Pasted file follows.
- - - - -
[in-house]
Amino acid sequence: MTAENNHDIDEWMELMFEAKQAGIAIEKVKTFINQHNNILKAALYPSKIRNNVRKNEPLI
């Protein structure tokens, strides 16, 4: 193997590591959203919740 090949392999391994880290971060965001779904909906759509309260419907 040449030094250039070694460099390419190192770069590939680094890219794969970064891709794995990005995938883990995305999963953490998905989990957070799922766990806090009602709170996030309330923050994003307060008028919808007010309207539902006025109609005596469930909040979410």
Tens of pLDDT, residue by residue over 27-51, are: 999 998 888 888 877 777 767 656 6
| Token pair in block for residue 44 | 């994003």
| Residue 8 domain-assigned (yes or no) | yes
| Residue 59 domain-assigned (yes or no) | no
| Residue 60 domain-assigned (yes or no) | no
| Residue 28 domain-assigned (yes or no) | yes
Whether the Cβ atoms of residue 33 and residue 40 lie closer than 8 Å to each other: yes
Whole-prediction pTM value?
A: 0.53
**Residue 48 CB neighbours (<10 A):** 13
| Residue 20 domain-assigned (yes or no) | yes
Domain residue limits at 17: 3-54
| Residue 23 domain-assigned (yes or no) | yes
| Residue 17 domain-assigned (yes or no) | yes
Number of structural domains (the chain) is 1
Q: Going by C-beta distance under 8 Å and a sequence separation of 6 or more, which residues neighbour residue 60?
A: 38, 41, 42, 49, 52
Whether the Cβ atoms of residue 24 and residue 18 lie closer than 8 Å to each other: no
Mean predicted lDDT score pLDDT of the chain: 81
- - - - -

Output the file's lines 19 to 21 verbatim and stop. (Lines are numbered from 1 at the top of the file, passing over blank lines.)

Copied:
Q: Going by C-beta distance under 8 Å and a sequence separation of 6 or more, which residues neighbour residue 60?
A: 38, 41, 42, 49, 52
Whether the Cβ atoms of residue 24 and residue 18 lie closer than 8 Å to each other: no